By this point, Canada abandoned all pretext of pursuing meaningful nuclear disarmament measures as required by its article VI obligations under the NPT and instead unequivocally threw its lot in with the western nuclear-weapons states party to the NPT. This spurning of multilateral disarmament negotiations against all our history and tradition culminated in Canada agreeing to an extraordinary statement issued by the North Atlantic Council commenting on the nuclear prohibition treaty on the very day it opened for signature, which I think has to mark one of the lowest points in NATO's history.
The statement contains multiple errors, misinterpretations of international law, and just plain inanities, which would be bad enough if they were only being mouthed by nuclear-weapons states, but which are shockingly inappropriate for a non-nuclear-weapon state party to the NPT like Canada, with its long and proud history of championing nuclear disarmament even in the darkest days of the Cold War. The most egregious assertion in this NAC statement is that the nuclear ban treaty, quote, “risks undermining the NPT”. Precisely the opposite is true. Those states that sought to prevent the ban treaty negotiation and that are now futilely trying to prevent it coming into force are of course the ones that are undermining the NPT. The second blatantly inaccurate statement is that the nuclear ban treaty, quote, “will not engage any state actually possessing nuclear weapons”. Nothing could be further from the truth.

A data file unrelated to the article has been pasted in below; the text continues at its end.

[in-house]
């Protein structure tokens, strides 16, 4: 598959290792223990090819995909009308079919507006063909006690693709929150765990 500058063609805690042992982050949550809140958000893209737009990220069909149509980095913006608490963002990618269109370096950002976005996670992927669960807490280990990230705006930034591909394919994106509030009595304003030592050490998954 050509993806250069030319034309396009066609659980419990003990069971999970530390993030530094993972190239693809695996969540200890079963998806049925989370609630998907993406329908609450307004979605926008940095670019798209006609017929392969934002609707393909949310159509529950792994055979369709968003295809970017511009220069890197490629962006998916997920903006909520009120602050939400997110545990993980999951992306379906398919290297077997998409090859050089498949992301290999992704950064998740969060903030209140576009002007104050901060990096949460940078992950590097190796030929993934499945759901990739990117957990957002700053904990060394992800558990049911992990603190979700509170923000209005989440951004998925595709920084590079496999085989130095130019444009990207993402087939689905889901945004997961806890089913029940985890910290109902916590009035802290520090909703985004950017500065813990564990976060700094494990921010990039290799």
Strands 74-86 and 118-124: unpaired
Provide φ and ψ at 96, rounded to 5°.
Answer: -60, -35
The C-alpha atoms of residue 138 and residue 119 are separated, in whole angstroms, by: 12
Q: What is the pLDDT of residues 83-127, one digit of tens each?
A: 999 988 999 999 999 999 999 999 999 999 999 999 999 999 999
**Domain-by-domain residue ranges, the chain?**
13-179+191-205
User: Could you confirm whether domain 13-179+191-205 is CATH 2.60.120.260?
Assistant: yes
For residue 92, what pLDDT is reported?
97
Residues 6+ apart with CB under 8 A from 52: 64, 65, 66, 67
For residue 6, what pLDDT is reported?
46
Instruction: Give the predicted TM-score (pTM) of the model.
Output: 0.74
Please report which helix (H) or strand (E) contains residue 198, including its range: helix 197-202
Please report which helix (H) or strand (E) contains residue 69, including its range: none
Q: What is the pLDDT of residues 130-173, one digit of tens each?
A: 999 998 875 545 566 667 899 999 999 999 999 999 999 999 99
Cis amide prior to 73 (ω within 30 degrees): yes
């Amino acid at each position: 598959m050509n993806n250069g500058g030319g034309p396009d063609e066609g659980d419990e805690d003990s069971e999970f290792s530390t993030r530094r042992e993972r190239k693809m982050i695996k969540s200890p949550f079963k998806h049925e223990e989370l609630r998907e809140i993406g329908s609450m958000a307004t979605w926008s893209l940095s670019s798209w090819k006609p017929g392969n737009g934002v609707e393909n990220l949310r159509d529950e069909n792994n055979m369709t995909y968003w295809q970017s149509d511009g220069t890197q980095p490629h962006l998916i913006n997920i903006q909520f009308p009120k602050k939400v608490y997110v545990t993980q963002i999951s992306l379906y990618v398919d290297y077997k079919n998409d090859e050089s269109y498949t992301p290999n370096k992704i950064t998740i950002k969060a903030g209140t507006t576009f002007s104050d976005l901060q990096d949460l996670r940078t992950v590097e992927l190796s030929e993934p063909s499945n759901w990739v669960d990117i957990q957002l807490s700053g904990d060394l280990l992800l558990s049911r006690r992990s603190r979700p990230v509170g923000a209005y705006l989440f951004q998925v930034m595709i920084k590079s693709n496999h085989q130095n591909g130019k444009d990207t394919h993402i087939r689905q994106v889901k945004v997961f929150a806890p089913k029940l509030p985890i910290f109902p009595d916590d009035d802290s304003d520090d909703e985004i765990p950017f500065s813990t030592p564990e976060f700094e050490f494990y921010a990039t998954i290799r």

Here's the treaty. I've attached it to my written statement. I hope everyone reads it.
Article VI of this treaty lays out in detail two methods for nuclear-weapons states to join the treaty, through a destroy-and-join methodology or a join-and-destroy process, with the IAEA, from whom they received advice, as the appropriate international body to take control of all resulting fissile material from deactivated nuclear weapons.
I'll go to my closing point. I'll leave out the inanities listed in my written statement.